Educational competencies for telehealth practice in physical therapy: preliminary results from a modified Delphi process


Todd Davenport: 0000-0001-5772-7727


Physical Therapy


Purpose/Hypothesis: Educational competencies (ECs) are important to guide the development of clinical knowledge and skills. Consensus ECs have yet to be created for telehealth physical therapy, despite its wide practice during the novel coronavirus pandemic. The purpose of this study was to determine ECs for telehealth physical therapy based on a modified Delphi process of clinicians who practice telehealth physical therapy.

Number of Subjects: Physical therapists and physical therapy assistants with experience in telehealth physical therapy practice or administration.

Materials and Methods: Institutional Review Board approval was obtained for this study. Draft ECs were created using source documents from the World Health Organization, World Physiotherapy, and the peer reviewed literature. The ECs were grouped into conceptual domains of ethics, research and development, technical skills, regulation, administration, clinical skills, and affect and communication. A survey was circulated to subjects using Google Forms, consisting of a demographic questionnaire and also solicited input on each draft EC. For each draft EC, subjects were asked whether the EC was relevant to an entry-level skill, an EC demonstrated by a Residency-trained physical therapist, or an EC consistent with advanced practice specific to telehealth physical therapy. Subjects also were asked to rate the clarity of each competency. Input on each draft EC was solicited using a 5-point Likert scale. A draft EC was accepted if its median Likert rating was consistent with ‘Very Relevant’ or ‘Extremely Relevant,’ and 80% or more respondents agreed the EC was clear. Draft ECs that scored ‘Very Relevant’ or ‘Extremely Relevant’ but had less than 80% agreement on clarity were marked for revision. Draft ECs that were neither sufficiently relevant nor clear were rejected.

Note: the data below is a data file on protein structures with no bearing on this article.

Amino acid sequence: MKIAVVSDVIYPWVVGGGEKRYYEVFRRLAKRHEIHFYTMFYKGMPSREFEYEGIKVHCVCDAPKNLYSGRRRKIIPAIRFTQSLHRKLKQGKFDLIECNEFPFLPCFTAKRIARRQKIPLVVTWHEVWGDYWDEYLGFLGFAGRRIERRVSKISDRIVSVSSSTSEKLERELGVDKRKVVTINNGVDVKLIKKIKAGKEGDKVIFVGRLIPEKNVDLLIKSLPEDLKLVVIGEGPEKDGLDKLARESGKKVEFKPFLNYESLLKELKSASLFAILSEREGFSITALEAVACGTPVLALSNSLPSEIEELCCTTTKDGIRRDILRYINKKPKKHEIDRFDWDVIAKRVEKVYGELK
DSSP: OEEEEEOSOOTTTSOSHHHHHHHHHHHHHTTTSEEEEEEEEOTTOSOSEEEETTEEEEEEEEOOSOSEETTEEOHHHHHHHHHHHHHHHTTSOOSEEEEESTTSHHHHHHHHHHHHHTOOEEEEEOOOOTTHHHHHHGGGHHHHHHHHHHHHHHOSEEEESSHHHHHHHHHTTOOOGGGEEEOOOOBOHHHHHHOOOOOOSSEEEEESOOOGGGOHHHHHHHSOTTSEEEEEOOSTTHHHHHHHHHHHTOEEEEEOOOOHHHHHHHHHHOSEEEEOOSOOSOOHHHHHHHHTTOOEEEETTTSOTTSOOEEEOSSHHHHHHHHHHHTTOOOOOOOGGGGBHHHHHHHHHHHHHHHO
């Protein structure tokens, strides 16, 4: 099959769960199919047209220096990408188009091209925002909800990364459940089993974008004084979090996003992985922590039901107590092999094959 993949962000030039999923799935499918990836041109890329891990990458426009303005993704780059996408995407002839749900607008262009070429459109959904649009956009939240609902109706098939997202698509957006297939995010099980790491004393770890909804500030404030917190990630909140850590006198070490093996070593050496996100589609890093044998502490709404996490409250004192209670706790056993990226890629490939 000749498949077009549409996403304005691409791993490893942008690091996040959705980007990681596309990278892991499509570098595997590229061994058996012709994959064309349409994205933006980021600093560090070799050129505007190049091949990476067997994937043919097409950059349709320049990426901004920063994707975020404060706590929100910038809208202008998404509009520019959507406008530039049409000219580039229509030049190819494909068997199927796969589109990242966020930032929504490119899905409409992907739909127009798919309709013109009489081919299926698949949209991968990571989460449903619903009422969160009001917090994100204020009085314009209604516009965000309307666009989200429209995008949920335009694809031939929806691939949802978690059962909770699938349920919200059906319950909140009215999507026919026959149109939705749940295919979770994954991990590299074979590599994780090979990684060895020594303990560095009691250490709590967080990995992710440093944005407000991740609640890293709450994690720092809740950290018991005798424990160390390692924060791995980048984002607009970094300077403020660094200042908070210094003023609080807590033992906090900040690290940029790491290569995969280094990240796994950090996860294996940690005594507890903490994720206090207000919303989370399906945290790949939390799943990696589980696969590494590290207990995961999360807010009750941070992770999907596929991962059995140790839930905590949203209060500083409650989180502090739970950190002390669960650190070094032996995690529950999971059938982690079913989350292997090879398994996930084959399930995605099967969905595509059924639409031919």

Results: Twenty physical therapists responded to the first round survey (mean years of practice: 14.7, standard deviation [SD]: 7.7; mean maximum percentage of time spent per week in telehealth practice: 40.0, SD: 22.9). Among the 72 draft competencies, n=12 were identified for revision and n=24 were rejected. The panel accepted n=31 competencies for entry-level telehealth practice, n=37 competencies for Residency-level telehealth practice as it relates to existing specialty areas, and n=48 competencies for advanced practice specific to telehealth physical therapy. Approved ECs predominately related to clinical skills, communication, and ethics. Residency-level telehealth practice related to existing specialty areas required more clinical skill competencies. In addition to more clinical skill competencies than both entry-level and residency-trained physical therapists, competencies in research and development, technical skill, and administration were identified for advanced practice specific to telehealth physical therapy.

Conclusions: Preliminary results from this modified Delphi study indicate potential areas of emphasis in entry-level, existing Residency, and potential specialty practice in telehealth physical therapy.

Clinical Relevance: These data suggest consensus ECs that may improve availability and quality of telehealth physical therapy.

Document Type

Conference Presentation

Publication Date


Publication Title

American Physical Therapy Association, Combined Sections Meeting

Conference Dates

February 2-5, 2022

Conference Location

San Antonio, TX

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